Bitcoin price slashed more than 20% as Elon Musk announced the withdrawal of Bitcoin mode of payment for Tesla cars
Many accumulate hard as the price slash below $50k, yet the other bunch of retail traders agonize the move
On Thursday, the cryptocurrency market saw a broad recovery, and all major virtual coins are trading higher on Friday. Bitcoin is now again worth more than $40,000.
Musk, who recently sent shock waves to the bitcoin and cryptocurrency markets last week when he shut down Tesla bitcoin payments due to the company’s rising energy consumption, indirectly through a tweet once again extended his support to Dogecoin. He hinted towards an upgrade and assured the Doge fans that he will continue supporting the meme coin.
Musk asked on Twitter, “How much is that doge in the window?” alongside a picture of a Shiba Inu dog on a $1 bill, implying that the dogecoin price could more than double from its current 40 cents.
Musk later replied, “I haven’t and won’t sell any doge,” in response to another Twitter user who dubbed the Tesla and SpaceX CEO the “ultimate hodler,” a crypto culture term for someone who holds onto digital assets amid intense price volatility.
Following the broad bitcoin and crypto market sell-off this week, the posts sent dogecoin sharply higher, with the price up 20%.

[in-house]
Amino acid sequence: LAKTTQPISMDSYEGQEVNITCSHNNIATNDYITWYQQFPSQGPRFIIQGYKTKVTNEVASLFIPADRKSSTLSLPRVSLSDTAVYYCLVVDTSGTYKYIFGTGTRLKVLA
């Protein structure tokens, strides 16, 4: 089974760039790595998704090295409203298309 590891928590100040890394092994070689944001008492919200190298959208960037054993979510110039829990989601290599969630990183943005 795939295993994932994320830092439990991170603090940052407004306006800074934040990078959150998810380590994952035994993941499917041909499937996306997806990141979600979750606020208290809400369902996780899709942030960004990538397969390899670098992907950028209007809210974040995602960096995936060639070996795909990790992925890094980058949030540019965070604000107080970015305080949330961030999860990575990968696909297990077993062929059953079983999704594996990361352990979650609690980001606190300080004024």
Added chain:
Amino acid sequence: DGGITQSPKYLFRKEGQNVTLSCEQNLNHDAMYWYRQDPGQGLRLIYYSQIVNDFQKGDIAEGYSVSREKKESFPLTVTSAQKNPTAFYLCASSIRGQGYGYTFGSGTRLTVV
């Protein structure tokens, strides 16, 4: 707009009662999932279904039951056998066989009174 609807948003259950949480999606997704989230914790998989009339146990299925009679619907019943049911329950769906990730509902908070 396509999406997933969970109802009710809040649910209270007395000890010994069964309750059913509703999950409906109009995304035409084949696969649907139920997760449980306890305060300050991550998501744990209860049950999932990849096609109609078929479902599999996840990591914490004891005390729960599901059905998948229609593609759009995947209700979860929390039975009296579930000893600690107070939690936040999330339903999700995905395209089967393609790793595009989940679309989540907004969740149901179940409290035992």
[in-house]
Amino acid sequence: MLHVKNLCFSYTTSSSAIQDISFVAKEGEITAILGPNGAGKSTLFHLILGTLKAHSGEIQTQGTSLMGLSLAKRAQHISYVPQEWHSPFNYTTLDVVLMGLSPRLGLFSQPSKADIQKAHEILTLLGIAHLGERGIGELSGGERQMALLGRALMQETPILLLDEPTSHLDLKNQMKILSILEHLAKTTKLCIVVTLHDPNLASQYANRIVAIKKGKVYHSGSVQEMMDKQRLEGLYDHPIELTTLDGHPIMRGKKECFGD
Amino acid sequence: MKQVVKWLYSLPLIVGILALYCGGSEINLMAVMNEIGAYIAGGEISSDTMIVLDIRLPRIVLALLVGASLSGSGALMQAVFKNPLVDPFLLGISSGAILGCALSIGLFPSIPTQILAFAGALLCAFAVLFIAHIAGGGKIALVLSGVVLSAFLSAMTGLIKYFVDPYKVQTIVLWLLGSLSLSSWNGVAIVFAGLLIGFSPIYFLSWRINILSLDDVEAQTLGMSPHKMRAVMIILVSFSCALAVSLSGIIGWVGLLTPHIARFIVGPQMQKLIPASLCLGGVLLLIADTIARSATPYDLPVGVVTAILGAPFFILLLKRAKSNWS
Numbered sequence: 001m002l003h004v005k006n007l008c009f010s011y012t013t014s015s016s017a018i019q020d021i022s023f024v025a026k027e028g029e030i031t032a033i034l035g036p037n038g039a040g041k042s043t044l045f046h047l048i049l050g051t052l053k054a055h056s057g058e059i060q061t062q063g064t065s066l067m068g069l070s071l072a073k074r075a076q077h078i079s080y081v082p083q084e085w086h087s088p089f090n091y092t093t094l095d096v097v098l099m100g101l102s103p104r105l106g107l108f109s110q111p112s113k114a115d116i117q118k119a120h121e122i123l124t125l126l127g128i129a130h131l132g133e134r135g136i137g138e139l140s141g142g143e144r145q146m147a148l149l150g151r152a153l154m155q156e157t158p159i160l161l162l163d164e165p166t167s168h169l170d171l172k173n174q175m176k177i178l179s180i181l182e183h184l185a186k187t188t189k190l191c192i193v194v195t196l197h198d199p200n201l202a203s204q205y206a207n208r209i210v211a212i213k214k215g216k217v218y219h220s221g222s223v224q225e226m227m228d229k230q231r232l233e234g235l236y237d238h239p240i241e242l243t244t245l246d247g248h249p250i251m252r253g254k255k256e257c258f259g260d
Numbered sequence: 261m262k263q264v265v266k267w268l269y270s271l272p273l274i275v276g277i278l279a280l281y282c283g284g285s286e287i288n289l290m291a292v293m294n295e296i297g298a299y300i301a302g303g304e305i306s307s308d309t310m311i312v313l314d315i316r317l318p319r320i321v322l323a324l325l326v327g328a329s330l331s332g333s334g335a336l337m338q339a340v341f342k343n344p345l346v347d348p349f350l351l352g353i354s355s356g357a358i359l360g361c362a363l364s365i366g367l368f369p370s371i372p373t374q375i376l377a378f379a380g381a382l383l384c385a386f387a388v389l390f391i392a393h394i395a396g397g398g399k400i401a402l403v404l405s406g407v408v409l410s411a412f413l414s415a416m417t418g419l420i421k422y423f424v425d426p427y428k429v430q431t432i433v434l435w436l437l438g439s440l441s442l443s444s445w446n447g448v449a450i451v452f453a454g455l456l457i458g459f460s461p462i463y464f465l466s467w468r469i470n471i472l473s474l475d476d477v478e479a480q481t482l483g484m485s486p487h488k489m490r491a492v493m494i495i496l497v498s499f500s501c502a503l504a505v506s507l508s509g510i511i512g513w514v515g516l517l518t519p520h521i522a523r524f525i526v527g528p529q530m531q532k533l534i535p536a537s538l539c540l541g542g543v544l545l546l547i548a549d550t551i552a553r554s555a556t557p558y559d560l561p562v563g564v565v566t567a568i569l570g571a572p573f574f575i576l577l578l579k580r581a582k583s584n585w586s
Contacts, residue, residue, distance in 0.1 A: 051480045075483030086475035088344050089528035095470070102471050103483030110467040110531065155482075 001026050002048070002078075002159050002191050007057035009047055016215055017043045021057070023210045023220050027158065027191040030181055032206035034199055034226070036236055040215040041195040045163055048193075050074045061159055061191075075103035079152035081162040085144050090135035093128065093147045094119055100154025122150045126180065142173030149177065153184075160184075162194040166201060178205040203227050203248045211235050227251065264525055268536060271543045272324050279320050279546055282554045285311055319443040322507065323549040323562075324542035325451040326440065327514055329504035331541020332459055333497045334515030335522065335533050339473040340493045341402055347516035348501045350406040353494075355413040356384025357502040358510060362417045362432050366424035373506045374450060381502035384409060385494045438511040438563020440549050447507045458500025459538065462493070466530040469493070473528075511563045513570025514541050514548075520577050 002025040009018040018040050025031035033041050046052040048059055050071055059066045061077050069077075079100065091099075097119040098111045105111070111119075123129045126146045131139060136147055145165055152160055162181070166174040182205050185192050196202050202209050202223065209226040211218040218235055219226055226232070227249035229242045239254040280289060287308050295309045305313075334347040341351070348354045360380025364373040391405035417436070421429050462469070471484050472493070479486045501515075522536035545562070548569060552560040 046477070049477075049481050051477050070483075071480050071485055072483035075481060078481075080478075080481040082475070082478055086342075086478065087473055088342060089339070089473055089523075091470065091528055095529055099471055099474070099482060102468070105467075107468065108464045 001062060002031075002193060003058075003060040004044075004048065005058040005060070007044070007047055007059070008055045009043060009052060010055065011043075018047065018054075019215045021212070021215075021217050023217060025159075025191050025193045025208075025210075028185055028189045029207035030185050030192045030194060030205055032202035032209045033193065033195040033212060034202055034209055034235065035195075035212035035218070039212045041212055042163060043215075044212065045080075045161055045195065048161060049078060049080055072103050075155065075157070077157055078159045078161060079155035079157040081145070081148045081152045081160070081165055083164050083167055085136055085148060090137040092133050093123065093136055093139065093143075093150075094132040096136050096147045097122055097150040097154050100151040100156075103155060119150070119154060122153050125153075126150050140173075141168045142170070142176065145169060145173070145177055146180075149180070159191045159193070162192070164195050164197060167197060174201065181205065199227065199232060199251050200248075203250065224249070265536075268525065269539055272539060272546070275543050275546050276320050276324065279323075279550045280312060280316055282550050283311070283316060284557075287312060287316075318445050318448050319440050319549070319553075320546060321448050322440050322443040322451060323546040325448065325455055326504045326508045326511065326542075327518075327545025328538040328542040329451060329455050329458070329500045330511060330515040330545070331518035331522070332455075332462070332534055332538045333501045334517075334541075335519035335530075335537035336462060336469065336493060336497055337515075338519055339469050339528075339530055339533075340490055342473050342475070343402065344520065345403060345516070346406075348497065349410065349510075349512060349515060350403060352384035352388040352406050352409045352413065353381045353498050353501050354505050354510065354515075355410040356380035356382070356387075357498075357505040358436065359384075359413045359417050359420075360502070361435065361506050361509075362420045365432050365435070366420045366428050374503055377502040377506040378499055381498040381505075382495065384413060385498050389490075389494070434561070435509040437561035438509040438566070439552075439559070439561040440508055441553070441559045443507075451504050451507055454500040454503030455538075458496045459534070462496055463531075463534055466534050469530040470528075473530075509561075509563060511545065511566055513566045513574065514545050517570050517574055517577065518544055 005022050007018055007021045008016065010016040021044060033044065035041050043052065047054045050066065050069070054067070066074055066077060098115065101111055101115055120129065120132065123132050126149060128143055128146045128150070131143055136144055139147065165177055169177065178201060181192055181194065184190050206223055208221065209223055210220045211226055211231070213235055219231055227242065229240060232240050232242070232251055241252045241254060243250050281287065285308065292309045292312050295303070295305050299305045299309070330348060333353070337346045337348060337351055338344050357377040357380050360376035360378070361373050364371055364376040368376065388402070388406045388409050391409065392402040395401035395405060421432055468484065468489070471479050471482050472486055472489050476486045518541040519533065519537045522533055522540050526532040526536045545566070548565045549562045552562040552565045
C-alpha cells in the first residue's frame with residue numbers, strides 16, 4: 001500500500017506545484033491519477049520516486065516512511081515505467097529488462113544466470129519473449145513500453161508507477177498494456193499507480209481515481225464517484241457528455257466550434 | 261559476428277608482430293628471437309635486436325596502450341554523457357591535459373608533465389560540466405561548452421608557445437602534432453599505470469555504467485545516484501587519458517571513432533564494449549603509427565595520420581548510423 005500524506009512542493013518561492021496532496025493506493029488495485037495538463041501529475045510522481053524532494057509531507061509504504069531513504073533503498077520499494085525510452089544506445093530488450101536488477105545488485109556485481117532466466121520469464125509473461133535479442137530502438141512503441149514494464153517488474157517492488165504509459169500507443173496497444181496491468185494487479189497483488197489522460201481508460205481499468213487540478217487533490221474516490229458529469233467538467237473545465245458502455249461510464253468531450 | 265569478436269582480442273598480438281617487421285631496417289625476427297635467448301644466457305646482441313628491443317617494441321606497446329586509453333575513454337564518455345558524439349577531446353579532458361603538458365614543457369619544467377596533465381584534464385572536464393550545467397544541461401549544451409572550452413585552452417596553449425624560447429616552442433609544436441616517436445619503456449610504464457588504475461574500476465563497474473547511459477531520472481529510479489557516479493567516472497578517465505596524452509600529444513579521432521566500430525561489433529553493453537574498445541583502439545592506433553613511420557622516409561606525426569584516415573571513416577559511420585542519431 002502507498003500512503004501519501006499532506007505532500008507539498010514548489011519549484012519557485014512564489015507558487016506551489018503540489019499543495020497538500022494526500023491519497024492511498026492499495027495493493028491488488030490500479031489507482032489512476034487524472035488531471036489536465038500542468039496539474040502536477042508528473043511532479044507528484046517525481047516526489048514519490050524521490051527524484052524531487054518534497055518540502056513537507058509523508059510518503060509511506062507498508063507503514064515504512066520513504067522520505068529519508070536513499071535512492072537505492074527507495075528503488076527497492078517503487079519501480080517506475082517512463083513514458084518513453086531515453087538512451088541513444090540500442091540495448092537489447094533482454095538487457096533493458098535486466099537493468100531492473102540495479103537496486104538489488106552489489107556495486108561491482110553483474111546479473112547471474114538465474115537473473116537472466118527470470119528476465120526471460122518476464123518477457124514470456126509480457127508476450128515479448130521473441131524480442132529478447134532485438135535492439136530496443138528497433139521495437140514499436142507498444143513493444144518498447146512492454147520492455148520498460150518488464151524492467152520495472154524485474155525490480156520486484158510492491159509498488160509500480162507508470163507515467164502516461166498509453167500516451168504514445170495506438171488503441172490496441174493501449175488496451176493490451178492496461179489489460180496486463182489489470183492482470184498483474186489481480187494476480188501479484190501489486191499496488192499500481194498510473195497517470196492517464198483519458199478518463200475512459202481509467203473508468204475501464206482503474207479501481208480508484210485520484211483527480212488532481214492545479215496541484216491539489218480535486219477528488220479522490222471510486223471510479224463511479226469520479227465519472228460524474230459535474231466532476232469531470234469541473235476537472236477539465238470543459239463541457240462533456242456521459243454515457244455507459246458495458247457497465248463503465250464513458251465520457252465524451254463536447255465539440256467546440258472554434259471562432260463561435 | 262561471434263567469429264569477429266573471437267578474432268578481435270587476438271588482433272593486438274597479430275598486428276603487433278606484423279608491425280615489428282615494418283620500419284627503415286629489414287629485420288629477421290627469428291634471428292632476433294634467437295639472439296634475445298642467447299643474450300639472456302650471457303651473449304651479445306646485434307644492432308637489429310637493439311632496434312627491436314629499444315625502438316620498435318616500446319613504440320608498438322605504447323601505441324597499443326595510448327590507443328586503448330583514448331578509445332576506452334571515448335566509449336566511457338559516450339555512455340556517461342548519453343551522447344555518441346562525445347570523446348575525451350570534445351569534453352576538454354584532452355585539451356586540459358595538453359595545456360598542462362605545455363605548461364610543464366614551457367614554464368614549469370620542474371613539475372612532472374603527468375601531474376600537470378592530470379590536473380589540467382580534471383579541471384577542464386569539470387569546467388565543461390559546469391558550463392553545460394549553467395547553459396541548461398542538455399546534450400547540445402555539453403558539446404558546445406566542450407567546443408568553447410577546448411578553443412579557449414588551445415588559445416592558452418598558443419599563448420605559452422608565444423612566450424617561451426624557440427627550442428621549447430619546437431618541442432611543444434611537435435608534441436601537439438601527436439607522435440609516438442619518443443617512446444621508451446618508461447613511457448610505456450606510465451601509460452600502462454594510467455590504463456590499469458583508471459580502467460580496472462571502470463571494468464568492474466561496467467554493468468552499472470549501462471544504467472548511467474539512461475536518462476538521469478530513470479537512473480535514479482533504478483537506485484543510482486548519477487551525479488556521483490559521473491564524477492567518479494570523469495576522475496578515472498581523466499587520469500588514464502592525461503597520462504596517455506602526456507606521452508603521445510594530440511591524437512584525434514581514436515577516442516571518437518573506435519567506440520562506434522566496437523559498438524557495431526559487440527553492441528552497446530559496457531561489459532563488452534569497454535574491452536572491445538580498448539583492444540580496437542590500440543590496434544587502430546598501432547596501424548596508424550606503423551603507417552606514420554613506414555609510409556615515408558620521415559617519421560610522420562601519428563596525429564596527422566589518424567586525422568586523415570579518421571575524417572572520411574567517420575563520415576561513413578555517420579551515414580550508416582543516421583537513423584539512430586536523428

Elon Musk not backing Bitcoin owing to environmental issues has crashed the market and sent the prices drastically down. Recently he responded to a tweet which claimed
bitcoin mining could allow solar and battery systems to economically scale to provide a larger share of grid energy.
The controversy over bitcoin’s massive energy use has raged for years, but it has recently been heightened by the cryptocurrency’s skyrocketing price, which has driven up the bitcoin network’s electricity demands. The Miners, who operate the machines that secure the bitcoin network, are compensated with bitcoin tokens in exchange for their computing power. According to Cambridge University’s Bitcoin Electricity Consumption index, the machines, which are distributed across the world and require both power and cooling, are expected to consume as much electricity as Sweden in 2020, consuming 131.8 TWh.